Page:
I hear KA has amazing customer service, so calling them can't hurt. Good luck!

    2. p
      ptridel May 1, 2007 10:07 AM

      what is your creaming technique? Almost every recipe designed for homecooks does not correspond to the professional technique. Put your butter in (not refrigerator cold, or it will take too long) first. Use the paddle attachment, beat it for several minutes, until you can put your hand on the outside of the bowl and it is about the same temp as your hand. The butter should look very creamy. Now add your sugar. Beat for awhile longer, scraping the sides as necessary. Eventually the sugar will be so mixed in that when you taste a little it is hard to distinguish the sugar granules from the butter. It should be fairly light and completely homogeneous. Beat your cream cheese by itself with the paddle for a long time. You're not going to overwork it.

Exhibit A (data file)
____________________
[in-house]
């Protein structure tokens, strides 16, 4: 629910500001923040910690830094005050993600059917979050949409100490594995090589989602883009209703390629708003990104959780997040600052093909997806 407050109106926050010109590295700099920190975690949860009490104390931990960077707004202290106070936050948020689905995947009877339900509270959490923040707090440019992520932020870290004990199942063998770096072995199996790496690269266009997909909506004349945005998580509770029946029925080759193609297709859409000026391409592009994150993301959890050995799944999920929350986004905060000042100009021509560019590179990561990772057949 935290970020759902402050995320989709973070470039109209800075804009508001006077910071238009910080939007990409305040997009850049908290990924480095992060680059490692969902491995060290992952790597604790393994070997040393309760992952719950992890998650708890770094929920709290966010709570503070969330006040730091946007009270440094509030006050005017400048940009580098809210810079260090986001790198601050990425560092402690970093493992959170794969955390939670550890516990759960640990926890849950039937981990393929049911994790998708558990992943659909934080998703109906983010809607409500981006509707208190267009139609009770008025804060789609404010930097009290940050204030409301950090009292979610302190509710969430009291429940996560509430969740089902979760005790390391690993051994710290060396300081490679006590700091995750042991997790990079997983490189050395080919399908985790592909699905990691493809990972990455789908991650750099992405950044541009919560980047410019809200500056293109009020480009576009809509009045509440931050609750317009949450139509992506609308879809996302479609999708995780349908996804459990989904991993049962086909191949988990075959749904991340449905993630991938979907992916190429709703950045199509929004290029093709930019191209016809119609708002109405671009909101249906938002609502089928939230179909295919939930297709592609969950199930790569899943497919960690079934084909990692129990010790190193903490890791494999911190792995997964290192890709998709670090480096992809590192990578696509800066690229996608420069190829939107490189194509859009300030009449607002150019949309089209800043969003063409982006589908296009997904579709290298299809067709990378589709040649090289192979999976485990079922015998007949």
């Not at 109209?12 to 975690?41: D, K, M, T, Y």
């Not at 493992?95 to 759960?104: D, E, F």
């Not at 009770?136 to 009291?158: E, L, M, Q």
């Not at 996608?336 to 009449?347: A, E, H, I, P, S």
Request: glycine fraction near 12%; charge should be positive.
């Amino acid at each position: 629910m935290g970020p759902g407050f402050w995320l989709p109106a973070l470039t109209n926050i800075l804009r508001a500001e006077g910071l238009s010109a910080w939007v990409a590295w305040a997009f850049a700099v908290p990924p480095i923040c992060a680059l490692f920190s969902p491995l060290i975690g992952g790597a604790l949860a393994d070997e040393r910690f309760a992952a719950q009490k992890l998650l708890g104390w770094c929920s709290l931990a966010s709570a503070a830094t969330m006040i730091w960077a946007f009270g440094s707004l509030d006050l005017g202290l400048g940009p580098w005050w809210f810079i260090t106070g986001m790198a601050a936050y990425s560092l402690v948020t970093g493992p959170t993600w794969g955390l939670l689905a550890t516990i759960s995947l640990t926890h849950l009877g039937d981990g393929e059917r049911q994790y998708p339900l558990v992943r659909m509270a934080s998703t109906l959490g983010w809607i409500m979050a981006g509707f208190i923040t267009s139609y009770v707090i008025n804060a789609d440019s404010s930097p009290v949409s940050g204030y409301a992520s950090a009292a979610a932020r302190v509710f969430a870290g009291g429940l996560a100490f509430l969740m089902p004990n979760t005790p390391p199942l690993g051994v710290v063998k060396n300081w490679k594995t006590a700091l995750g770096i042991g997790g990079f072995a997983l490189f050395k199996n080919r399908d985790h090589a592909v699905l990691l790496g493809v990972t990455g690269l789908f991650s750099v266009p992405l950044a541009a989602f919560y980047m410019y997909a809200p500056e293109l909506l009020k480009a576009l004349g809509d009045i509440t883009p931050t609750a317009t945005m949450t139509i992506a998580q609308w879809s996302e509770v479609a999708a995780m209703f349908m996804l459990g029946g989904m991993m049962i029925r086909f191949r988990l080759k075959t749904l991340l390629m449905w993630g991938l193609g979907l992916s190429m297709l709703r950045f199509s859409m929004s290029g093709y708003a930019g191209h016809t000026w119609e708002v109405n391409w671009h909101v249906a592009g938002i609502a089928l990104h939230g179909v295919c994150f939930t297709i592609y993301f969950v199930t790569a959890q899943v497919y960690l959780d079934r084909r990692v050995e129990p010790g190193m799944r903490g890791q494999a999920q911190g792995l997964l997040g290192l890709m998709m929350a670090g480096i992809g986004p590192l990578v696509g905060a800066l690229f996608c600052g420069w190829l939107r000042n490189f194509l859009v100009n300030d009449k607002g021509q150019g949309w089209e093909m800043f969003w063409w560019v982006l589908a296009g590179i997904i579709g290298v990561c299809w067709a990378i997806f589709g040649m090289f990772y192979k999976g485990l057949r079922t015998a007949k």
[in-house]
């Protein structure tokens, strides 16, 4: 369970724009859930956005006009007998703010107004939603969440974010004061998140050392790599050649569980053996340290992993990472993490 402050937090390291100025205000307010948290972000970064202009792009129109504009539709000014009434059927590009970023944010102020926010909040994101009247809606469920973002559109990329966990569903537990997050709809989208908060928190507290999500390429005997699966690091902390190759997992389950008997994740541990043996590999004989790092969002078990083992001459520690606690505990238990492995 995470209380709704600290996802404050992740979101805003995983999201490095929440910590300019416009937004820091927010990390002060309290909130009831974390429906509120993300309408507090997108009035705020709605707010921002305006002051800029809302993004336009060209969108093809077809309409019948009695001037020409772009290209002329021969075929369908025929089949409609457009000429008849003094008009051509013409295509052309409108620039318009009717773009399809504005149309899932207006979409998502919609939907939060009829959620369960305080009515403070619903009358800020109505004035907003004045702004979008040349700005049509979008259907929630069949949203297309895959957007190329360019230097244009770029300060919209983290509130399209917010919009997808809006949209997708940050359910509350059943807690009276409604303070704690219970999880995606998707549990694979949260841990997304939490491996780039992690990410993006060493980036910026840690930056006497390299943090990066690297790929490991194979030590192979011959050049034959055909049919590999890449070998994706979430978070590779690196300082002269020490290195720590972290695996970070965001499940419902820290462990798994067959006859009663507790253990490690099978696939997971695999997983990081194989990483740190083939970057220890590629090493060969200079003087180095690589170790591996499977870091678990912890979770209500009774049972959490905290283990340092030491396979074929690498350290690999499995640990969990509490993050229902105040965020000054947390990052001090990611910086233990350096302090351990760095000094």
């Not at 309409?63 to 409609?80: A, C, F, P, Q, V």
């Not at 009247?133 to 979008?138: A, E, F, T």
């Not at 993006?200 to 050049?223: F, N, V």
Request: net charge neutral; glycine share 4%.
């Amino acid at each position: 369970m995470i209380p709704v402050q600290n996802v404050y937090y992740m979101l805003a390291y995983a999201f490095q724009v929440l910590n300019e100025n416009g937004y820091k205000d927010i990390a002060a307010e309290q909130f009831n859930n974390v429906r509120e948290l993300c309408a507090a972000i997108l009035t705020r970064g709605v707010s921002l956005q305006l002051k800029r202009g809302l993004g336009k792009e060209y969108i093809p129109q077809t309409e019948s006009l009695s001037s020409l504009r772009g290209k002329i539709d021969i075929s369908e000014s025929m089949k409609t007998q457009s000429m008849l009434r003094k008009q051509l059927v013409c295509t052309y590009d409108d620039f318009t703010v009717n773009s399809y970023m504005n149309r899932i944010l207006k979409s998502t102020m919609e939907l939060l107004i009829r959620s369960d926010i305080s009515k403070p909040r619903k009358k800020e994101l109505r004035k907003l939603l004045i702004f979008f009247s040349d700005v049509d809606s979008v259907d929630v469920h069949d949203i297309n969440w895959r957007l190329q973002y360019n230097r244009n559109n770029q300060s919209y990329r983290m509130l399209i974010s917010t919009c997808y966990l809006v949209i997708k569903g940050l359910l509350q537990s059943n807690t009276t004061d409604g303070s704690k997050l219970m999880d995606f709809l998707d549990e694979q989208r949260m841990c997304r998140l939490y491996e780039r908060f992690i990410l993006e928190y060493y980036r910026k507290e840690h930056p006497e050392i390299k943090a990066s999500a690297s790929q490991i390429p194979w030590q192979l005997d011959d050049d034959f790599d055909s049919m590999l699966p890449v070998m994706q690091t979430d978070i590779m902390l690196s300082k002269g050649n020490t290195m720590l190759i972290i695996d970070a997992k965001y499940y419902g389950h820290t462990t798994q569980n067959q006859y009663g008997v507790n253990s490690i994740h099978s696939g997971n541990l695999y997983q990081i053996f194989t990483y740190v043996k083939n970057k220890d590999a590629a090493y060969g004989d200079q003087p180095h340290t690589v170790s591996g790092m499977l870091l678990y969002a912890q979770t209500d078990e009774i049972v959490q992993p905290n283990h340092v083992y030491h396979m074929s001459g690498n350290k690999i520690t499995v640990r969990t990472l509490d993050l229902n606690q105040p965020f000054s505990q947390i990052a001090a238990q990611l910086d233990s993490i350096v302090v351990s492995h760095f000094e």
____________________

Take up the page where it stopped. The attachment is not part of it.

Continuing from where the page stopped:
Try to add other ingredients one at a time, and be prepared to stop the mixer after a few seconds and scrape it down. Kitchen aids are not miracle workers. With care and practice, though, you can make the exact same quality of dough/batter as with a large kitchen mixer like a Hobart, since the parts themselves are exactly the same.

      8 Replies
      1. re: ptridel
        xnyorkr May 1, 2007 11:06 AM

        I think you are exactly right - it's a whole new paradigm of mixing for me, and I need to practice. I was letting the butter (or cream cheese) get to room temp, putting it in the bowl with the sugar at the same time, and lettin' 'er rip. I saw Alton Brown on the Food Ntwk do it that way. He recommends letting it mix for about 3 minutes to incorporate as much air as possible. Well, the more mine mixes, the thinner and stuck to the bowl it gets. Yes, I stop to scrape the sides, but that seems to make the mixture thinner, not fluffier. And as far as not being able to distinguish sugar granules, mine goes beyond grainy to lumpy. Very strange.